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Tips for Working With Journalists

When a Reporter Calls

  • If a reporter calls unexpectedly, don’t feel you must respond immediately. Don’t hesitate to ask to call them back within the hour
  • To ensure your comfort with a reporter, ask what the interview is about; what information the reporter needs; the news affiliation of the interviewer; who else the reporter is contacting; the location, time and estimated length of the interview; the caller's phone number; and the deadline
  • Respond to reporters as quickly as possible; you can't influence a story once its deadline has passed 

Before the Interview

  • Determine your message with three to five key points -- Practice getting your key points across
  • Think about questions a reporter might ask and how to answer them
  • Gather facts, statistics or background information
  • For television interviews, check your appearance — avoid flashy jewelry and wear comfortable clothes in solid colors or soft shades
  • Contact University Communications and Marketing at 330-672-2727  if you need assistance 

During the Interview

  • Answer truthfully, even if it hurts — don't lie, guess, or exaggerate
  • State important facts first
  • Be sure to make your points
  • Avoid complex explanations
  • Don't use jargon or acronyms; speak in easy-to-understand terms
  • Be brief. Deliver responses in 20 seconds or less for print or broadcast; keep in mind that 10-second sound bites are the building blocks of television and radio news stories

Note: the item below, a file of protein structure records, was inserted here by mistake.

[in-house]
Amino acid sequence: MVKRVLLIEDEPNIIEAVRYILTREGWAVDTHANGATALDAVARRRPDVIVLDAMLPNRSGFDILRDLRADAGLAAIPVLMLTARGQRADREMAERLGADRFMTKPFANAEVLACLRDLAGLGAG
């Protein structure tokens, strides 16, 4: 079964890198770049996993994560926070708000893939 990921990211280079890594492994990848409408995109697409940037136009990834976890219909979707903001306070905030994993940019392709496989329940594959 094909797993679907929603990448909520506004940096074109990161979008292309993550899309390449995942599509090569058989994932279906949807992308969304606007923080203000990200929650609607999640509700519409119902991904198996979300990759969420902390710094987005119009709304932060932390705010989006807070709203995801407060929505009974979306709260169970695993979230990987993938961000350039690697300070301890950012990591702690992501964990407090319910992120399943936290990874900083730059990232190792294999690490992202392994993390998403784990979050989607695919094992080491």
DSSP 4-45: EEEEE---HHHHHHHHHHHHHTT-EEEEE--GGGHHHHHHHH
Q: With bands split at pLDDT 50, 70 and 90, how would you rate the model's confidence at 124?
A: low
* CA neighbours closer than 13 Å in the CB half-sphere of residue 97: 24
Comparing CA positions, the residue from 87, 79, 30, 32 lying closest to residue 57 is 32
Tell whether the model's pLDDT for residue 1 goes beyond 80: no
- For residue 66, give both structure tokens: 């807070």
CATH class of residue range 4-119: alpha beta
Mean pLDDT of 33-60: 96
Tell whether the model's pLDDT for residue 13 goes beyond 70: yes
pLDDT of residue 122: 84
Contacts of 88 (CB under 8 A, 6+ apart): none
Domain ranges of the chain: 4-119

• Remember that the reporter is a conduit; speak to the public, not the reporter
  • Use examples, comparisons or statistics as back-up information for follow-up questions
  • If possible, provide illustrations, visual aids or a demonstration for photographers or videographers
  • If you don't know the answer to a question, admit it. Offer to call back or refer the reporter to University Communications and Marketing to find additional information or experts
  • Never speak off the record; if you don't want a statement quoted, don't make it
  • Correct the record if the reporter has the wrong information
  • If something is truly too controversial to discuss, explain as much as you can or why you can’t discuss it. "No comment" sounds as though you're hiding something
  • Beware of the reporter who remains silent, thus encouraging you to ramble or dilute your message; don't fill those lulls with conversation; wait for the reporter to continue asking questions
  • Keep your cool; don't argue with the reporter
  • Always maintain a positive attitude